Ke$ha gets the party started
Ninety-nine percent of the crazy stories Ke$ha spits out sound utterly ludicrous. One minute she’s telling you about the time she infamously threw up in Paris Hilton’s closet. The next, she’s extolling the remarkable virtues of glitter (which somehow cures her all-too-frequent hangovers) and the necklace with the placenta from her birth that she always wears (it supposedly amps up her psychic powers).
The most fascinating aspect of the 22-year-old singer’s stories, however, is that she dashes them off with such earnest verve, as if sneaking into Prince’s house — don’t worry, we’ll circle back there in a second — were totally normal. ”It’s all real!” says Ke$ha (rhymes with John Tesh-a) several times during an interview over drinks at a Manhattan restaurant. ”It’s all honest to a f—ing fault.”
Real or not, her over-the-top persona seems to be connecting. Last month, her No. 1 single, ”TiK ToK,” set a record for the most digital tracks sold in a seven-day period by a female artist, and it has moved more than 2.7 million downloads to date. Her album, Animal, recently knocked Susan Boyle’s blockbuster debut out of the No. 1 spot after a six-week reign. ”I feel kind of bad,” says Ke$ha of bumping Boyle, just before randomly challenging her to a mud-wrestling match. ”But it’s my turn. She had six weeks! That’s a really long time.”
The tale of how Kesha Rose Sebert transformed herself into budding superstar Ke$ha is, as you might guess, also quite a doozy. She was born in L.A. and grew up in Nashville, where her mother, country songwriter Pebe Sebert, penned tunes for Johnny Cash and Dolly Parton, among others. When the self-avowed ”marching-band dork” was 17, she got a call from Dr. Luke, the man behind such pop anthems as ”Since U Been Gone” and ”I Kissed a Girl,” who had heard her demo. ”I thought her voice was distinctive, and I fell in love with her personality,” says the producer. ”She had the same sass and irreverence she has now.” Ke$ha decided to move to L.A., which meant turning down a scholarship to Barnard. At first, nothing came from the Dr. Luke deal, and she spent a couple of years doing backup vocals for the likes of Paris Hilton and Britney Spears, while sometimes living out of a Lincoln Town Car she’d inherited from her grandfather. One day, Ke$ha claims, she paid a gardener $5 to let her into Prince’s L.A. mansion, where she left her demo (cleverly wrapped in a big purple bow). Prince never called.
Ke$ha was broke and struggling when she got her first break, an uncredited and unpaid spot as the female vocalist on Flo Rida’s early 2009 smash ”Right Round,” which Dr. Luke produced. When told that her guttural yell on the track sounds like a singing orgasm, she nearly wells up with happiness. ”That’s the best description I’ve heard of it in my life!” It was around this time that Ke$ha added the dollar sign to her name, a nod to the fact that she was on a No. 1 single, yet had no money to show for it. But while that guest spot didn’t earn her a cent, it did finally land her a record deal. She quickly cranked out more than 200 songs, 14 of which made the final album, including hard-living party anthems like ”Your Love Is My Drug” and ”Take It Off,” both of which are already charting. ”I wrote about me,” says Ke$ha, who cites early Madonna, Talking Heads, and the Beastie Boys as musical inspirations. ”I get flak because it’s like, ‘Oh, you’re a chick and you’re drinking.’ But I’m not sleeping around” — a point she emphasizes several times — ”and I’m not drinking and driving. I’m 22. I’ll go out with my friends and get rowdy as hell. I’m not sorry, and I will write about it. Because when you write a song, you have to be inspired by something — an experience, a relationship, a guy that won’t call you, a bitch that steals your car.” (Yes, she claims a ”bitch” really did steal her car.)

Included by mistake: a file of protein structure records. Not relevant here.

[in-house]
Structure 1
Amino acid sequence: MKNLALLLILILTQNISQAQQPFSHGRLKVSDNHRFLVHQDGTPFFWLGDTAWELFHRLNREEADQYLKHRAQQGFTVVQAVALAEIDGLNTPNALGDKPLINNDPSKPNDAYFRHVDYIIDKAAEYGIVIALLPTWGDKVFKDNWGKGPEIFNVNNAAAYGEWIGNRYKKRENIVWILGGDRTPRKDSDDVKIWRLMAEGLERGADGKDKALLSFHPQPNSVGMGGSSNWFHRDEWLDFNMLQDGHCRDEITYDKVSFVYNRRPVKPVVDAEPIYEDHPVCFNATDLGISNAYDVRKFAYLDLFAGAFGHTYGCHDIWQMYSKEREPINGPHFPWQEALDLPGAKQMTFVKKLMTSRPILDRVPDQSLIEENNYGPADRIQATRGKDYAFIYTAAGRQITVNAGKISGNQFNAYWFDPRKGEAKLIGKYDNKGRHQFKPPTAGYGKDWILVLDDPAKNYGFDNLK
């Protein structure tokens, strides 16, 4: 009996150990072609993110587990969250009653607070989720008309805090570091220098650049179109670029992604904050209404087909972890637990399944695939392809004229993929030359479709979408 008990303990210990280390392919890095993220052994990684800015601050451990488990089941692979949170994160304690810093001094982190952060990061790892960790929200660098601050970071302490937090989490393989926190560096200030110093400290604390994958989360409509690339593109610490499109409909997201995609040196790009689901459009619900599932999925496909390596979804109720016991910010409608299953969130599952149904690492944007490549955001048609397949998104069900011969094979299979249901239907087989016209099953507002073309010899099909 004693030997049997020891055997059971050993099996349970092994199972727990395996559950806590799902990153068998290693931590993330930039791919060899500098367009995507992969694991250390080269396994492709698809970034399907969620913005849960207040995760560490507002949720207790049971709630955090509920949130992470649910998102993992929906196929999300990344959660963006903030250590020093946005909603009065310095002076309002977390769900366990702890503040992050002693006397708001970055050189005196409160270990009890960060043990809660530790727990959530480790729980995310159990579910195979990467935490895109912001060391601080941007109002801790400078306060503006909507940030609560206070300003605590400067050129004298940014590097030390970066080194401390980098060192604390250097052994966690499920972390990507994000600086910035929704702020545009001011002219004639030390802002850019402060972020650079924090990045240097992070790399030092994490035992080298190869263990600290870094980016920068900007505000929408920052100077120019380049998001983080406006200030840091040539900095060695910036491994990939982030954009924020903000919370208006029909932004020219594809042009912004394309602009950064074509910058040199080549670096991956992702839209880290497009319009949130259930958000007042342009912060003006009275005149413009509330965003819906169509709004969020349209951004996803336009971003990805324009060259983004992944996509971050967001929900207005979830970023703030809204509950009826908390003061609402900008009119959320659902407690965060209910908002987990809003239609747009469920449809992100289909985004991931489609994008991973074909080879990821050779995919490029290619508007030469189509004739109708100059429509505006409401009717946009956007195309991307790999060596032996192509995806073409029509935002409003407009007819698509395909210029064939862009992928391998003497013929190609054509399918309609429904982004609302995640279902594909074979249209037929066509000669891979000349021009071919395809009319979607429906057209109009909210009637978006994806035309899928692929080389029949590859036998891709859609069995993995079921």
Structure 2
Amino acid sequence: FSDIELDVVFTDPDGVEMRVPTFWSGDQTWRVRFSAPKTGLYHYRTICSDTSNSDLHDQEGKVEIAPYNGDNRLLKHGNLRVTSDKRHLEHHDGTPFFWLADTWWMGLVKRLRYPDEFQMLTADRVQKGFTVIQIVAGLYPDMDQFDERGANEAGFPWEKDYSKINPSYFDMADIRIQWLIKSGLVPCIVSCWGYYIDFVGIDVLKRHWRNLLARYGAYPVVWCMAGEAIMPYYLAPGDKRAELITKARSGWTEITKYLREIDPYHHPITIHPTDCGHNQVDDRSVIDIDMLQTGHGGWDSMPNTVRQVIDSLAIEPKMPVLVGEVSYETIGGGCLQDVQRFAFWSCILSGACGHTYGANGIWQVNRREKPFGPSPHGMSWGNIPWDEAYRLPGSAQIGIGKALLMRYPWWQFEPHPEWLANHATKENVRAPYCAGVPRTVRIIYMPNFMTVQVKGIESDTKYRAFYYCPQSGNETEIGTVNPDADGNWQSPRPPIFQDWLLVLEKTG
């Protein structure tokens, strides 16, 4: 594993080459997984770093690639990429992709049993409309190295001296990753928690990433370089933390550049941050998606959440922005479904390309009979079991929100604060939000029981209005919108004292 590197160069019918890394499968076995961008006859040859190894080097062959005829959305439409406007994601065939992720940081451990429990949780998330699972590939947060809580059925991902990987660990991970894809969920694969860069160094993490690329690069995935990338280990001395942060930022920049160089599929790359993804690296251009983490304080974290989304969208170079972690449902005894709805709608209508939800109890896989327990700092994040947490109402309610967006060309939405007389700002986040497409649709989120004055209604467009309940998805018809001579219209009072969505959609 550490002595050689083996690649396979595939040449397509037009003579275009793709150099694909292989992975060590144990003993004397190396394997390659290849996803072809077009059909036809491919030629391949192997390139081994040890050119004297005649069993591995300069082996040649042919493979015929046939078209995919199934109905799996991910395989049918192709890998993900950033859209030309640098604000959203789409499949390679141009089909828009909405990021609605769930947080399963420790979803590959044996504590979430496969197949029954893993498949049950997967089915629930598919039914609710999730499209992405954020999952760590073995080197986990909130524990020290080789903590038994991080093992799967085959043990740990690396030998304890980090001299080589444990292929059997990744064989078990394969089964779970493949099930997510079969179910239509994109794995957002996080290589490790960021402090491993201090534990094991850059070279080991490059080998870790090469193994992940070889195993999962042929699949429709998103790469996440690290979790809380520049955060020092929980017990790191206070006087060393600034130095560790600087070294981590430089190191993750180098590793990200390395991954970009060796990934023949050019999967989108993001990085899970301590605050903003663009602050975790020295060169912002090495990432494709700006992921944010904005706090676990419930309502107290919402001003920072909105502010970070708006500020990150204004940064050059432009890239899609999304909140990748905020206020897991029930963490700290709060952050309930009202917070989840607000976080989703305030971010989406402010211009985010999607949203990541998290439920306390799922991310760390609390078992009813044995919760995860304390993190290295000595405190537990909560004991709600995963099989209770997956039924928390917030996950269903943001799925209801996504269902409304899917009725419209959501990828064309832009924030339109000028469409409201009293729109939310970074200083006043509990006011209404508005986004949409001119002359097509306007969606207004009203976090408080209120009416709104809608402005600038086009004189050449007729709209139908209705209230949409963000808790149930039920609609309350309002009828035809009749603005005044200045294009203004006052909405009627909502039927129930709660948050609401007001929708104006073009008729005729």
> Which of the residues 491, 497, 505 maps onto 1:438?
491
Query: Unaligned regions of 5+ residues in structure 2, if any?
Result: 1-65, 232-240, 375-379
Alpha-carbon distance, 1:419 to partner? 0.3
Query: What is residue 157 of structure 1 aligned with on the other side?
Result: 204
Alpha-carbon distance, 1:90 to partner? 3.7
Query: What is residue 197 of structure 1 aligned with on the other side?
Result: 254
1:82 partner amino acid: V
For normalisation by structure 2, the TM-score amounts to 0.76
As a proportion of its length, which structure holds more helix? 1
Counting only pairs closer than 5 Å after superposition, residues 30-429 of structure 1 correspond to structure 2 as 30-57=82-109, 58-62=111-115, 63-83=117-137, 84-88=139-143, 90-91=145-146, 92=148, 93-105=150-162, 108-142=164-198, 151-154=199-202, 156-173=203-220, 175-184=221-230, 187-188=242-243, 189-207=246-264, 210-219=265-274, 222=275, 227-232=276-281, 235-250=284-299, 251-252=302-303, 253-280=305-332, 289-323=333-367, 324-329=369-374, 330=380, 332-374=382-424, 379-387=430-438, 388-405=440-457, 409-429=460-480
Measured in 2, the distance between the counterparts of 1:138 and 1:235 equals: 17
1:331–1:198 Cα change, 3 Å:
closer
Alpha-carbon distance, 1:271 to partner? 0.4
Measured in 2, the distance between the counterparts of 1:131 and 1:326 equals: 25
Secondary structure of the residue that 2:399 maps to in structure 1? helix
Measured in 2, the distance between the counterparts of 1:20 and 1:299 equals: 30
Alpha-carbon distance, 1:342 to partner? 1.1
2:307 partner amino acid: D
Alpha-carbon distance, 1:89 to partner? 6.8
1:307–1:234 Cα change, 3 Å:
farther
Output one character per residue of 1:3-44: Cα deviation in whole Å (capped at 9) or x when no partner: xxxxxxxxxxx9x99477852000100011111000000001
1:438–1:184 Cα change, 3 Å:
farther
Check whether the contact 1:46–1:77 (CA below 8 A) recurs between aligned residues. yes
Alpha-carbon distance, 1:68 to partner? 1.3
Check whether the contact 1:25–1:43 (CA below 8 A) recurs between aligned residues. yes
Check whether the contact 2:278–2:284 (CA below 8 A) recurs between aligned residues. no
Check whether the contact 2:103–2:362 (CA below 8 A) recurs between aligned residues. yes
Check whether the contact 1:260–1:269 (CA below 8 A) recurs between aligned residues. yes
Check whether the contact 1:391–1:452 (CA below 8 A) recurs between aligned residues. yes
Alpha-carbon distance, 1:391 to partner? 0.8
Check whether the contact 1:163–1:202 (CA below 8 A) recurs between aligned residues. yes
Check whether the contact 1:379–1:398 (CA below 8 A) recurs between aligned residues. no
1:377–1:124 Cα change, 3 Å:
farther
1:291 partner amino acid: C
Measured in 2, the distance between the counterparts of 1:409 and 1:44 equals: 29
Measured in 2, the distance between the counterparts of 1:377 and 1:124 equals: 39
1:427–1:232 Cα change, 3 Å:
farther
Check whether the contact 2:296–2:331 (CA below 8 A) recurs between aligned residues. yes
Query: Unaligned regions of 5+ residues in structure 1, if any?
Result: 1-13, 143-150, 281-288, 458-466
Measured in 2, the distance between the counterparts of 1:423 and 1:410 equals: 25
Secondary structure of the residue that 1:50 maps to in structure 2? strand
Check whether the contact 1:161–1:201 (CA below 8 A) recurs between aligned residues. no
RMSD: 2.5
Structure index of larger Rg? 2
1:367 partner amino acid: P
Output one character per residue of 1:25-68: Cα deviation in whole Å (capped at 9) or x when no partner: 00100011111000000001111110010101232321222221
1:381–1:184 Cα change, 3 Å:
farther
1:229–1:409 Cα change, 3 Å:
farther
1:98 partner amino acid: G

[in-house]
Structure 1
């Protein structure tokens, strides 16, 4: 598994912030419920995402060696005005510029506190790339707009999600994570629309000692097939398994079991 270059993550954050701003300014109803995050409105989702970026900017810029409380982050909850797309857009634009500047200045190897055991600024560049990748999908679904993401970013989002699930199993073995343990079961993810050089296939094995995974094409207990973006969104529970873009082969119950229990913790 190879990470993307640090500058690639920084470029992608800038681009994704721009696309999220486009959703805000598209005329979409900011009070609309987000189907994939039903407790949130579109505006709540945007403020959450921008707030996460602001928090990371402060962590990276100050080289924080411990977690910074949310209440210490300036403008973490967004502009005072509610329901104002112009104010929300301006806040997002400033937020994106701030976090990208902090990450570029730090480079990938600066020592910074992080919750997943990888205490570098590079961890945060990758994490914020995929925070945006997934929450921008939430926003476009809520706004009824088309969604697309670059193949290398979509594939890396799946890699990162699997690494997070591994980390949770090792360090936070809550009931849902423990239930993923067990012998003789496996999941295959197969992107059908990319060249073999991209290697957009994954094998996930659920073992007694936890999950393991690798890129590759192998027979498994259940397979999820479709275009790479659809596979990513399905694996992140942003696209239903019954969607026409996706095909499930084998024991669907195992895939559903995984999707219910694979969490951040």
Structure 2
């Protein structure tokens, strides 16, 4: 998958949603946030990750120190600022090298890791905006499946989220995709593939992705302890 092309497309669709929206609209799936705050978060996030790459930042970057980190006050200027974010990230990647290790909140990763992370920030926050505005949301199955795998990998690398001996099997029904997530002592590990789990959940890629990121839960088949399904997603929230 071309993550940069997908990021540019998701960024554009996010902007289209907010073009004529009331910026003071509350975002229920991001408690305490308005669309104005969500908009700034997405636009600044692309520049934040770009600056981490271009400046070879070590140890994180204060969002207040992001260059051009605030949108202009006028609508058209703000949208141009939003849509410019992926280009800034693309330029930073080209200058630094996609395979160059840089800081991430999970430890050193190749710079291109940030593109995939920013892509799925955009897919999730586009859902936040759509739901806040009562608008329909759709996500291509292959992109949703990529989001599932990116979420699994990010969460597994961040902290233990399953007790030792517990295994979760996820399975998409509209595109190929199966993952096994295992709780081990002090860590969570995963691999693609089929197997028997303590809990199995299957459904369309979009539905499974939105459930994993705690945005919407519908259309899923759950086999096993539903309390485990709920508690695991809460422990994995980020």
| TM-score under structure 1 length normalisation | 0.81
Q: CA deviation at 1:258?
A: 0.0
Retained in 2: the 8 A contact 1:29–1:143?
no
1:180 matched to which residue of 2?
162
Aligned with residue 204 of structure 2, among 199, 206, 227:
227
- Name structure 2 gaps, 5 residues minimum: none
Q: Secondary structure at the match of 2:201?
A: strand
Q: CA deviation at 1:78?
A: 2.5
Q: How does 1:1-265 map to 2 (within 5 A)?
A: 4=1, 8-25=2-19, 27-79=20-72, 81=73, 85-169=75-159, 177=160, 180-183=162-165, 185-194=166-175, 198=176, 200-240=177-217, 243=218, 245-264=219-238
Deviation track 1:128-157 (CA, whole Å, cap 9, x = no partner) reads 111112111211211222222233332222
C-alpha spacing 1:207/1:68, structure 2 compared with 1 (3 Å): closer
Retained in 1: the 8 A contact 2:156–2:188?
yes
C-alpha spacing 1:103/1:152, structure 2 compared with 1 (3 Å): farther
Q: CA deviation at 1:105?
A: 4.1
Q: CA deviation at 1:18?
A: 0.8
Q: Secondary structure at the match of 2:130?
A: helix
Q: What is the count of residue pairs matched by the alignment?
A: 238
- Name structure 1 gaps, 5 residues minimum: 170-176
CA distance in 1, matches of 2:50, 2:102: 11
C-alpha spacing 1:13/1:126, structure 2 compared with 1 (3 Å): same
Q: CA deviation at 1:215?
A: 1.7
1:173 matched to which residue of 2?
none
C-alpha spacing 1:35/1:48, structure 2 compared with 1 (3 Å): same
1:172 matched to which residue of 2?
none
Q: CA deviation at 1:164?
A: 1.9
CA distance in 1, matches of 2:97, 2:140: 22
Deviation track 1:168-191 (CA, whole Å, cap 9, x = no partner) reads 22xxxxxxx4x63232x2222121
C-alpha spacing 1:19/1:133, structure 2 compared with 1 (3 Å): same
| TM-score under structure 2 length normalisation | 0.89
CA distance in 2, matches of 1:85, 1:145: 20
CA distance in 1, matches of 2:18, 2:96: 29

Ke$ha says ideas can come from anywhere. Asked to pick something in the restaurant she could write about, she doesn’t hesitate. ”Okay, well, there’s a s— ton of booze over there,” she says, zeroing in on the bar. Not surprisingly, she’s gotten some grief over her liquor-fueled lyrics, especially since many of her fans are years from the legal drinking age. ”I have to think about that when I see the little girls who are buying my record. But I’m not a babysitter. It’s their parents’ responsibility to take care of them. I’m not saying that every girl should brush their teeth with Jack Daniel’s,” she says, referencing a line in ”TiK ToK.” ”I hope my record is saying that you can be confident and sexy and you don’t have to wear a push-up bra and look like a whore and spend seven grand on a bag.”
She’s also dealing with constant comparisons to Lady Gaga and Katy Perry. ”I’ve gotten that because Lady Gaga doesn’t like pants and I don’t like pants,” she says. ”People find the need to compare, but I’m very different than both of them. But I think we’re all strong, edgy, sassy women.” Later, she elaborates. ”I’m just a sassy bitch with a big mouth. I just talk a lot of s—. To all the haters out there, come see my show!” Why? ”I do the muthaf—ing robot! Like, what other girl out there is gonna do the robot?”
Paris & Nicole
A 2005 episode of The Simple Life featured Ke$ha and her mom.
The tartlet’s Dr. Luke-written ”Lace and Leather” boats Ke$ha on backup.
A pre-stardom Ke$ha appears in the video for ”I Kissed a Girl.”
Ke$ha and her mother co-wrote the title track to Cyrus’ Time of Our Lives EP.